The Big Lie about the Left in the U.S.

The Big Lie about the Left in the U.S. is that the Left exists in some substantial and influential way in the country.

The Truth about the Left in the U.S. is that the Left does not exist in some substantial and influential way in the country. Period.

The little lies that feed into the Big Lie include that universities and professors, K-12 public schools, the mainstream media, and Hollywood are all powerful instruments of liberal propaganda.

These little lies have cousins in the annual shouting about the “war on Christmas” and hand wringing by Christians that they are somehow the oppressed peoples of the U.S.

These lies little and Big are a scale problem in that the U.S. is now and has always been a country whose center is well to the right, grounded as we are in capitalism more so than democracy.

The U.S. is a rightwing country that pays lip service to progressivism and democracy; we have a vibrant and powerful Right and an anemic, fawning Middle.

Wealth, corporatism, consumerism, and power are inseparable in the U.S.—pervading the entire culture including every aspect of government and popular culture.

The Left in the U.S. is a fabricated boogeyman, designed and perpetuated by the Right to keep the general public distracted. Written as dark satire, Kurt Vonnegut’s Cat’s Cradle now serves as a manual for understanding how power uses false enemies to maintain power and control.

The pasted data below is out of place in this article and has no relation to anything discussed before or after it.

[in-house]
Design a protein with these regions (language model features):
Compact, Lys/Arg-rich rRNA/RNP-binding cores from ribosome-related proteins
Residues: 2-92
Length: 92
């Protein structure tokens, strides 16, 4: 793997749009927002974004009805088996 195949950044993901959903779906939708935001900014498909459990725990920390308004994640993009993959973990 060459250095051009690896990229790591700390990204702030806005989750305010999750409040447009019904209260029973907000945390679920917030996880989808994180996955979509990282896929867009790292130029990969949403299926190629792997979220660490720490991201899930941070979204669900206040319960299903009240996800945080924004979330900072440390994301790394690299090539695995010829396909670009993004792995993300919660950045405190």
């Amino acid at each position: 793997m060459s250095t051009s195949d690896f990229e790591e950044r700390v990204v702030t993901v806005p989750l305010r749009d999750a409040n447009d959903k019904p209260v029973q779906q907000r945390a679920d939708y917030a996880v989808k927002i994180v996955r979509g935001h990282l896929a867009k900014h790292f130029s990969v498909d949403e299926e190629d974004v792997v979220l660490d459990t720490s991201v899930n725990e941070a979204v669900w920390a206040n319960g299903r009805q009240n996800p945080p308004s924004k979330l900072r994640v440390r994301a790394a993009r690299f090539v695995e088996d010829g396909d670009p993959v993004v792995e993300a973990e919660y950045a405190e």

Notably during the past 30-plus decades, conservative politics have dominated the country, creating for Republicans a huge problem in terms of bashing “big government.”

But dog-whistle politics grounded in race and racism benefitting the Right and Republicans have a long history.

In 1964, Martin Luther King Jr. confronted Barry Goldwater’s tactics foreshadowing Trump’s strategies and rise:

The Republican Party geared its appeal and program to racism, reaction, and extremism…On the urgent issue of civil rights, Senator Goldwater represents a philosophy that is morally indefensible and socially suicidal. While not himself a racist, Mr. Goldwater articulates a philosophy which gives aid and comfort to the racist. His candidacy and philosophy would serve as an umbrella under which extremists of all stripes would stand. In the light of these facts and because of my love for America, I have no alternative but to urge every Negro and white person of goodwill to vote against Mr. Goldwater and to withdraw support from any Republican candidate that does not publicly disassociate himself from Senator Goldwater and his philosophy.

Malcolm X held forth in more pointed fashion, but with the same focus:

Well if Goldwater ever becomes president one thing his presence in the White House will do, it will make black people in America have to face up the facts probably for the first time in many many years,” Malcolm X said.